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🕰 Make Time for Practice

I have always resisted practice. Especially in woodworking. It's hard enough to find time to work on new pieces. How can I afford to practice first? The first class I took with Jeff Lefkowitz helped to change my mind. The practice was built in. By the time we needed to use a technique or tool on our finished parts, we had already done it on a piece of scrap. Embracing practice is what made Jeff's classes accessible to "woodworkers of all levels". Practice takes the pressure off. There is freedom in giving yourself permission to screw up as you learn. And it makes the process of doing the real work even more fun.


So please, download the Practice Leg Template (its free). Dig through your wood pile for a piece of scrap with mostly straight grain. And make some time to practice. Let yourself make mistakes. Learn something new. Have fun!


This week's video answers some questions I got last week about using the template. It also offers a little more information about selecting grain for chair legs.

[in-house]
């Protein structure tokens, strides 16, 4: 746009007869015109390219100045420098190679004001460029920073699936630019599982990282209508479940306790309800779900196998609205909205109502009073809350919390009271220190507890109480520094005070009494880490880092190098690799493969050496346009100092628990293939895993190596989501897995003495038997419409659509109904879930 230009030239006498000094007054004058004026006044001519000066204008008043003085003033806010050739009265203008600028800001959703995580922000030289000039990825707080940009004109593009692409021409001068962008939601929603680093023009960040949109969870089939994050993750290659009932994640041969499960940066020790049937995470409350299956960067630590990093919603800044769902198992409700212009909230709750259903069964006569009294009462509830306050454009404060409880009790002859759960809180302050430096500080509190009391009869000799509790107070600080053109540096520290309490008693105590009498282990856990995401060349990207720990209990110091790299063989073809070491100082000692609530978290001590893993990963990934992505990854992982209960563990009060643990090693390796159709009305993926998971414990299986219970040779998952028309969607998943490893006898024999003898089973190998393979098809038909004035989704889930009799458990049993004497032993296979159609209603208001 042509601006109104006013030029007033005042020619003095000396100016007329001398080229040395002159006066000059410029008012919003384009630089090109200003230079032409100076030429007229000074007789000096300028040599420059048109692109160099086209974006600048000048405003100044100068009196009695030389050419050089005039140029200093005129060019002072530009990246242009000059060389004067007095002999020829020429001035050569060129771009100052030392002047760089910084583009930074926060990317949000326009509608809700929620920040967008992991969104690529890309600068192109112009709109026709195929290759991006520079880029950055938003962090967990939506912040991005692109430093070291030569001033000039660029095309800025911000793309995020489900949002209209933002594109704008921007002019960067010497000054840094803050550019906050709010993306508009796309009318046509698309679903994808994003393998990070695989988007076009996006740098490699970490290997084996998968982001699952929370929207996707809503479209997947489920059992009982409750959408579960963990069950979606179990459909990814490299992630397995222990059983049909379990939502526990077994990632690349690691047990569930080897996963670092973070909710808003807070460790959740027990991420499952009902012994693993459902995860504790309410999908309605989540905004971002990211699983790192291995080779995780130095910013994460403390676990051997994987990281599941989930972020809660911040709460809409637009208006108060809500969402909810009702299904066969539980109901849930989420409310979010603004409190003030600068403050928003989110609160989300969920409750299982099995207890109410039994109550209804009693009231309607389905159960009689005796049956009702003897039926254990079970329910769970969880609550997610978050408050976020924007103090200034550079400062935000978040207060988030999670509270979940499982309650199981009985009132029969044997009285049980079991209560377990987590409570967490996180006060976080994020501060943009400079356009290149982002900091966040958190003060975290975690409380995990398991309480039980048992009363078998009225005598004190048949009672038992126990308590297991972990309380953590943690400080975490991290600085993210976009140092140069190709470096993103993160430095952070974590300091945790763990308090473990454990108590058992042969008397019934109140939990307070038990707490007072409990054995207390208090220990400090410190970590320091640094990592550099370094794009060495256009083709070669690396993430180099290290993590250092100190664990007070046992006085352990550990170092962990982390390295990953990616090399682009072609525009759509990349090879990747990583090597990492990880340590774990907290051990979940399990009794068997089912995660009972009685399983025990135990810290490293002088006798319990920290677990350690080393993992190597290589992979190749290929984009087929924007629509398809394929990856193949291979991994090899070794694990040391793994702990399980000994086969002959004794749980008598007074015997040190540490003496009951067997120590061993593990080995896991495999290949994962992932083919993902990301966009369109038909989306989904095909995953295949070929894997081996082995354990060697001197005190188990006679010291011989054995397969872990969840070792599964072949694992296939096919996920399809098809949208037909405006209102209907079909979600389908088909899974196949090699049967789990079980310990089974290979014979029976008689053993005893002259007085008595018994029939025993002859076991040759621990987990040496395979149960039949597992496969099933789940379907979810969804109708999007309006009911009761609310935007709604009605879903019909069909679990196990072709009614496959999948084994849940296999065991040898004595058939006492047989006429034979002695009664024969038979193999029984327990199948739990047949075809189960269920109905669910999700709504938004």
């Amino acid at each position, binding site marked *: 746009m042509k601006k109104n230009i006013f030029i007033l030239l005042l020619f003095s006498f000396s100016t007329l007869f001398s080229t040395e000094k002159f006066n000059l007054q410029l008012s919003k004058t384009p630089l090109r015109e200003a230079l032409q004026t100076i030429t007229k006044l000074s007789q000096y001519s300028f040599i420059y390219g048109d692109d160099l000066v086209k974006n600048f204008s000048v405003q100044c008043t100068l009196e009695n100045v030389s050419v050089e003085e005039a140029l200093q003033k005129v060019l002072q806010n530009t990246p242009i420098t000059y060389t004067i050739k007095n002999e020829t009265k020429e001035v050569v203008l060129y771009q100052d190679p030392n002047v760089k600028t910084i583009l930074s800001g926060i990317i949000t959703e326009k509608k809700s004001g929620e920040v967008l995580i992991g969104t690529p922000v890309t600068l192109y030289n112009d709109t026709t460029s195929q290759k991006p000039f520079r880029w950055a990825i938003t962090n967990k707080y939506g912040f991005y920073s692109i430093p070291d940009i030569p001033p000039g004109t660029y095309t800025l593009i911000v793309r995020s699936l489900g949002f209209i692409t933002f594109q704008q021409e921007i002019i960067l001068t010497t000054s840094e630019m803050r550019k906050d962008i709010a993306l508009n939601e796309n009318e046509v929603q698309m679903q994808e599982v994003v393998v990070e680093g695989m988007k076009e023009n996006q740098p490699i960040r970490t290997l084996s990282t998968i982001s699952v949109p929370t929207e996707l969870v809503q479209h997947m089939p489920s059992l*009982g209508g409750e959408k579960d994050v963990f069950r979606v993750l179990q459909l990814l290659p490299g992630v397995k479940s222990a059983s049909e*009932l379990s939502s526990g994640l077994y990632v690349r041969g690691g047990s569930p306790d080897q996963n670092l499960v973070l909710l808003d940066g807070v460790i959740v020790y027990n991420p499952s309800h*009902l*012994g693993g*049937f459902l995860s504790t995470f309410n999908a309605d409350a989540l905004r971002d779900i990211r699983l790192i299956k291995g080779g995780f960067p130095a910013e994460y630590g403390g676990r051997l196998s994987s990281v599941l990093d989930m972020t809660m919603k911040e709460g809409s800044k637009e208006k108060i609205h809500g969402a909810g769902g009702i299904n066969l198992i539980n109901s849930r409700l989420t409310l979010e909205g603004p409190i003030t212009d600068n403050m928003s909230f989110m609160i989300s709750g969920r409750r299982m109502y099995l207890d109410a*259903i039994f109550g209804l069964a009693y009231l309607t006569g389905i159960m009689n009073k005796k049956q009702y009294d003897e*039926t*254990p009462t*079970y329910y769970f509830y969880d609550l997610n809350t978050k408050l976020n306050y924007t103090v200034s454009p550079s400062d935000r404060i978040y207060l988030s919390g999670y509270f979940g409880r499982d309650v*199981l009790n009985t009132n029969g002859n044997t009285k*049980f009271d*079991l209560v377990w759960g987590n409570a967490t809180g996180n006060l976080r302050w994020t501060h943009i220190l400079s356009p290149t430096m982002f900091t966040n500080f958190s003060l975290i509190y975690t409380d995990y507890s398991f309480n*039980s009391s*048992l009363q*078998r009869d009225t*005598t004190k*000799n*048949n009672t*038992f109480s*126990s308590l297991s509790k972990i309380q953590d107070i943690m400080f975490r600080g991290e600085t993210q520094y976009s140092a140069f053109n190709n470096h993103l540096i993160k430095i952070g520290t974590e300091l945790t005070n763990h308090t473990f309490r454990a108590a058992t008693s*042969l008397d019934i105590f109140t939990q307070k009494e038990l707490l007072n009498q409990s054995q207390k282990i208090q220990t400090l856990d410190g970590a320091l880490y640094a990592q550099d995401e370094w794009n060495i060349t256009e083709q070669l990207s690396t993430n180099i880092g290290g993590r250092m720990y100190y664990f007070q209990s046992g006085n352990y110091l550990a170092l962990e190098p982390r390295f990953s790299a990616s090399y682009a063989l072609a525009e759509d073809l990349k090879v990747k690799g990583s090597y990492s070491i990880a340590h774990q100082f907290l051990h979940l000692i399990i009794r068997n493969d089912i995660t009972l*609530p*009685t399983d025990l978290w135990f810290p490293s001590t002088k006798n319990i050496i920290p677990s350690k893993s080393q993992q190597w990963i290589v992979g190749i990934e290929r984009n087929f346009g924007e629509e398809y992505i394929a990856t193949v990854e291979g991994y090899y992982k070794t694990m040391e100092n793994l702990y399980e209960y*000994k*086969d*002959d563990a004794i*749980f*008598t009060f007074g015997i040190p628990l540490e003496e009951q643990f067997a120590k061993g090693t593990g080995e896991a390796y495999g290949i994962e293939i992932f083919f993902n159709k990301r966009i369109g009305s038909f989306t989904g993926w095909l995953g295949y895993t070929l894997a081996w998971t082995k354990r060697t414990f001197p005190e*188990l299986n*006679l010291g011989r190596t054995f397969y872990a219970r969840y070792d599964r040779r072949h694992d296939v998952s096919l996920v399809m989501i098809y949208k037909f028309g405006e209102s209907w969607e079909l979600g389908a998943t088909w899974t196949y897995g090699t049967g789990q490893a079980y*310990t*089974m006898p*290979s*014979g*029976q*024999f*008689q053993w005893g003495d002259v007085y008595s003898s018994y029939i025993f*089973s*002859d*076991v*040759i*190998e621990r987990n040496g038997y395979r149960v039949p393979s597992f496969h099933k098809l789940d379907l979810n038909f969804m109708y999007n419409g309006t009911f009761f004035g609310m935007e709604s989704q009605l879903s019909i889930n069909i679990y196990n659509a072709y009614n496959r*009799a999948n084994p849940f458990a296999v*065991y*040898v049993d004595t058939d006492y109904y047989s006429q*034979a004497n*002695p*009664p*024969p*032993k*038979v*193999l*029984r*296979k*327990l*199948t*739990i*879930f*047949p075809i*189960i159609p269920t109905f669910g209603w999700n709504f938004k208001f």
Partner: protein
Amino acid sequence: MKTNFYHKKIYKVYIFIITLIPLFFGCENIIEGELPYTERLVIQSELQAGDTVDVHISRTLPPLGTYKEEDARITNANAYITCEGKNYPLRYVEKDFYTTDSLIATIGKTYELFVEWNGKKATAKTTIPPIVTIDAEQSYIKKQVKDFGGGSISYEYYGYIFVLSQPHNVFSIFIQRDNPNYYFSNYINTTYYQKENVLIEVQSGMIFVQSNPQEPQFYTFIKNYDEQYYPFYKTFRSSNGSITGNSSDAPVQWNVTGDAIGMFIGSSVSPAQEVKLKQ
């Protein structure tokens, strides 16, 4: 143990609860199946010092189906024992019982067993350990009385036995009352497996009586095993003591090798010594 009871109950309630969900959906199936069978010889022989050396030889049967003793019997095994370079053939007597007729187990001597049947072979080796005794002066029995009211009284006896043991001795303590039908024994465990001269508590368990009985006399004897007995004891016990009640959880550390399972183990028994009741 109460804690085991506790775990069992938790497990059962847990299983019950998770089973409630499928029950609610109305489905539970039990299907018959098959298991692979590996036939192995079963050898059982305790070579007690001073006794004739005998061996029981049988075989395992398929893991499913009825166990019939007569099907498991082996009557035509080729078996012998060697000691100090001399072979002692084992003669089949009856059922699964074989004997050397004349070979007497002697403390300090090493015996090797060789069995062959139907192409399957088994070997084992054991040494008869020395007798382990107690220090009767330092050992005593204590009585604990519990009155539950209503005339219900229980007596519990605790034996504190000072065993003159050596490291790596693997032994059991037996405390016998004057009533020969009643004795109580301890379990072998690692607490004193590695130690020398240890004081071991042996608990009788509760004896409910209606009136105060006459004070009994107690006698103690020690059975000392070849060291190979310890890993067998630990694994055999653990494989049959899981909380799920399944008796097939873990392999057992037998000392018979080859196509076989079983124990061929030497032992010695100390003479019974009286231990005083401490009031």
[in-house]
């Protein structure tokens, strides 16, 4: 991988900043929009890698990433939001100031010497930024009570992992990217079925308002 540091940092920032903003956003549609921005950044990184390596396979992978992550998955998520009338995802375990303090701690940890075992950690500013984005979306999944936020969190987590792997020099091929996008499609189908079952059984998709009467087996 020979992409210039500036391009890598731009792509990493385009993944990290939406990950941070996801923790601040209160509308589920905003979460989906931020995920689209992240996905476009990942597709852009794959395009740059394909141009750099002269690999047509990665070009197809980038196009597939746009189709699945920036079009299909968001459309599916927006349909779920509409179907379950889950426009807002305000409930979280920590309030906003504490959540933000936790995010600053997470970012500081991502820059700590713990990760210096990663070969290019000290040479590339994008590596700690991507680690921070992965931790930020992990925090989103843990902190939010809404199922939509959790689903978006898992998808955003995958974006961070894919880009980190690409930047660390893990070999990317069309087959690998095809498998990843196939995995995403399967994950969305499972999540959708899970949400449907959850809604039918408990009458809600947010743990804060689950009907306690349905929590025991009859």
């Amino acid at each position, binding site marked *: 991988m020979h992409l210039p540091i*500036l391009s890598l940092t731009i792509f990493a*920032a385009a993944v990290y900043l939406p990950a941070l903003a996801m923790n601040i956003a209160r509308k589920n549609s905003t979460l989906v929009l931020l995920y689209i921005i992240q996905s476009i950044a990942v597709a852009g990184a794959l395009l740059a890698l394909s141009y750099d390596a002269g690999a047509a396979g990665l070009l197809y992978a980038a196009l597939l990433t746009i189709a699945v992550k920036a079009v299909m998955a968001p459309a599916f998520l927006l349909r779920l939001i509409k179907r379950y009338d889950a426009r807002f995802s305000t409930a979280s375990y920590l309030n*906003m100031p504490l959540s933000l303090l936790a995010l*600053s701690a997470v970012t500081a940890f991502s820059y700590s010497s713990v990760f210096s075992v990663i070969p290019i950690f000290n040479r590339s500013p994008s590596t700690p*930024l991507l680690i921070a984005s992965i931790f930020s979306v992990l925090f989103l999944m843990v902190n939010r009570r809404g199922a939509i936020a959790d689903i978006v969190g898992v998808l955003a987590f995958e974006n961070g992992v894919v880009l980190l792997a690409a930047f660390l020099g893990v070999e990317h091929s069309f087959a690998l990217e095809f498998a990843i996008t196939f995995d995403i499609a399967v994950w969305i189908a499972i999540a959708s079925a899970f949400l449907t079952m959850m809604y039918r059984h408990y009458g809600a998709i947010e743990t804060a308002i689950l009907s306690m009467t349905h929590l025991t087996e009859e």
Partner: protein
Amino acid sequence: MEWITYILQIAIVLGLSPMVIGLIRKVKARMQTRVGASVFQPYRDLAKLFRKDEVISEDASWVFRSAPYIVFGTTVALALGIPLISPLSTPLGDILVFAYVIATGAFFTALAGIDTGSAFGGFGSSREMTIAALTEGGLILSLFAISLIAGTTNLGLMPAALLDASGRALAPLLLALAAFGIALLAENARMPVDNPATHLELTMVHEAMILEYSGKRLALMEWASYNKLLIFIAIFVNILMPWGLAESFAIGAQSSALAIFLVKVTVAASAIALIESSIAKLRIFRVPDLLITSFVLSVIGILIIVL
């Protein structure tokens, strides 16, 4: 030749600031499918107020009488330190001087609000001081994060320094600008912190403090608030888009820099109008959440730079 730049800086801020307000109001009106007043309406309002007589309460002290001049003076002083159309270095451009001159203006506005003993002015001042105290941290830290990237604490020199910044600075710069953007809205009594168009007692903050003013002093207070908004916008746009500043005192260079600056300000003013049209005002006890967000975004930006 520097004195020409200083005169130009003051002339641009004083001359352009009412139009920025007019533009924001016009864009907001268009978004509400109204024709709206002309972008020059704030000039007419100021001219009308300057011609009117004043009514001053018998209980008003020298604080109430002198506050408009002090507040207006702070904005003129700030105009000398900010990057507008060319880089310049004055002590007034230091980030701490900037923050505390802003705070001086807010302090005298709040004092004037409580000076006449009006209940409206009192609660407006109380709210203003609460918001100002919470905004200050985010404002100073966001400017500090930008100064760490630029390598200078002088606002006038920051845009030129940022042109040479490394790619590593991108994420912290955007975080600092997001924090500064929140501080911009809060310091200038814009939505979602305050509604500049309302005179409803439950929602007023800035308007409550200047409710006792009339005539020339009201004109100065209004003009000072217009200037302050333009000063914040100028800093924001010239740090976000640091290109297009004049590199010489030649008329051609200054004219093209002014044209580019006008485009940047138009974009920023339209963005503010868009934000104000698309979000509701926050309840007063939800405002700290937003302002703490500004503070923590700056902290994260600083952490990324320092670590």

Peter Galbert recently posted some new fall classes on his site. (The first few classes on the page are sold out. The new classes are at the bottom.) The Sliver River Center for Chair Caning is offering a 1 Day Splint Weaving Class at their school in Asheville, NC on May 1st. Is there a woodworking class or instructor you really enjoyed?

Let me know in the comments!

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Apr 21, 2023

100% I have to make sure I get a warm up in If I’ve not cut joinery in a bit; the cost of hardwood lumber is insane (amiright). A comment that Shannon Rogers (we actually may be related, but jury is still out) makes often is 90° is an angle, so is 25°, so on and so on. When I started focusing on proper sawing technique over adhering to a line, things seemed to fall into a better place. After all, if we must, we can cut to the line and pair back by hand or with use of a block. I think this and leaning the attitude of relational measurements are two game changers. While there are those t…

Mark Hicks
Mark Hicks
May 12, 2023
Replying to

I agree! Learning to let the work dictate your measurements can be very freeing.

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